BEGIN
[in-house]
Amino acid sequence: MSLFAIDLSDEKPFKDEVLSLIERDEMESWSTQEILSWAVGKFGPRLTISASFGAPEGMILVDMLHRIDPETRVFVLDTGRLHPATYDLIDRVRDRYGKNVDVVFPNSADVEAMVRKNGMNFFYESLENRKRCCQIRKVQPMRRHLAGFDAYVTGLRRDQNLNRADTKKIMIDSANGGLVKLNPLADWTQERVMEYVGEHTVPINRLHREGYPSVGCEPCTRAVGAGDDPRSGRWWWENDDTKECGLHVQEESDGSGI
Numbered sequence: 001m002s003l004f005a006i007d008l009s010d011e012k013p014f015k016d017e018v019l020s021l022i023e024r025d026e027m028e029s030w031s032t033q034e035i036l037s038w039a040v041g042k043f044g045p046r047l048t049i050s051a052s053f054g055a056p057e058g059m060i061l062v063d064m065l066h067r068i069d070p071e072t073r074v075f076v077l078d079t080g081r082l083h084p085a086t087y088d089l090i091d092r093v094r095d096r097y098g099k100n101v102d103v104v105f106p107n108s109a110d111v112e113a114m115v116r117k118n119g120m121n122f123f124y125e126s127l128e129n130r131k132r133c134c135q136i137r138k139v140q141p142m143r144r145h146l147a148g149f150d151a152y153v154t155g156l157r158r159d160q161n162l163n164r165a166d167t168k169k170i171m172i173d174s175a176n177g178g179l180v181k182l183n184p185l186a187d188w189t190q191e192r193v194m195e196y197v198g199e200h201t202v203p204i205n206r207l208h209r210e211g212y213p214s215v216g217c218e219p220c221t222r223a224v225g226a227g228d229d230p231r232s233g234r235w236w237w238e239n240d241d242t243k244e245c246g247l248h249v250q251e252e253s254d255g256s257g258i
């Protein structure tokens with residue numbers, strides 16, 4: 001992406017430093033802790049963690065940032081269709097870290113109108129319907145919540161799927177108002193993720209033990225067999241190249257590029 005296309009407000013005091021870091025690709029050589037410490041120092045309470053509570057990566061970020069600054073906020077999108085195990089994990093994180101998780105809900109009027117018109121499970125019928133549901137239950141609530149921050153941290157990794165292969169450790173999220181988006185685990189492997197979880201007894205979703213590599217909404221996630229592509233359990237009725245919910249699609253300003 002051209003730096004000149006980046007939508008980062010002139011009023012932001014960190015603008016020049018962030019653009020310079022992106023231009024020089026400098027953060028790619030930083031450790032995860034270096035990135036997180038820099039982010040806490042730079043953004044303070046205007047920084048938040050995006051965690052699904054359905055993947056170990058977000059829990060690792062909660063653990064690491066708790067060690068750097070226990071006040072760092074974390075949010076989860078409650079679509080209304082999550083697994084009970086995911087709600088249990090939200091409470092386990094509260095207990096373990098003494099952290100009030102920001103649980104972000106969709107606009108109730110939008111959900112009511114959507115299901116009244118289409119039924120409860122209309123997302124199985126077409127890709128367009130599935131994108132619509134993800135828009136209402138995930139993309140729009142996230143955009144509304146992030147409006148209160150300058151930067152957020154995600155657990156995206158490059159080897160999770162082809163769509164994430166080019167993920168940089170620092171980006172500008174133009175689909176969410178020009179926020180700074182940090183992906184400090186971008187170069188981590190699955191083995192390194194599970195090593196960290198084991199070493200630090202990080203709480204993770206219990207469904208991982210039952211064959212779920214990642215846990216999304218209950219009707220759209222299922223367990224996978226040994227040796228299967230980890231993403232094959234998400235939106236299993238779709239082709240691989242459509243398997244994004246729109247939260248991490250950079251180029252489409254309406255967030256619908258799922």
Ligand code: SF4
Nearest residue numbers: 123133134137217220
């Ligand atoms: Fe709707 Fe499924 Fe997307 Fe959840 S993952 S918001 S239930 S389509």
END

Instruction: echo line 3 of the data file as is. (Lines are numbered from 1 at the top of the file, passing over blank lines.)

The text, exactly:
Numbered sequence: 001m002s003l004f005a006i007d008l009s010d011e012k013p014f015k016d017e018v019l020s021l022i023e024r025d026e027m028e029s030w031s032t033q034e035i036l037s038w039a040v041g042k043f044g045p046r047l048t049i050s051a052s053f054g055a056p057e058g059m060i061l062v063d064m065l066h067r068i069d070p071e072t073r074v075f076v077l078d079t080g081r082l083h084p085a086t087y088d089l090i091d092r093v094r095d096r097y098g099k100n101v102d103v104v105f106p107n108s109a110d111v112e113a114m115v116r117k118n119g120m121n122f123f124y125e126s127l128e129n130r131k132r133c134c135q136i137r138k139v140q141p142m143r144r145h146l147a148g149f150d151a152y153v154t155g156l157r158r159d160q161n162l163n164r165a166d167t168k169k170i171m172i173d174s175a176n177g178g179l180v181k182l183n184p185l186a187d188w189t190q191e192r193v194m195e196y197v198g199e200h201t202v203p204i205n206r207l208h209r210e211g212y213p214s215v216g217c218e219p220c221t222r223a224v225g226a227g228d229d230p231r232s233g234r235w236w237w238e239n240d241d242t243k244e245c246g247l248h249v250q251e252e253s254d255g256s257g258i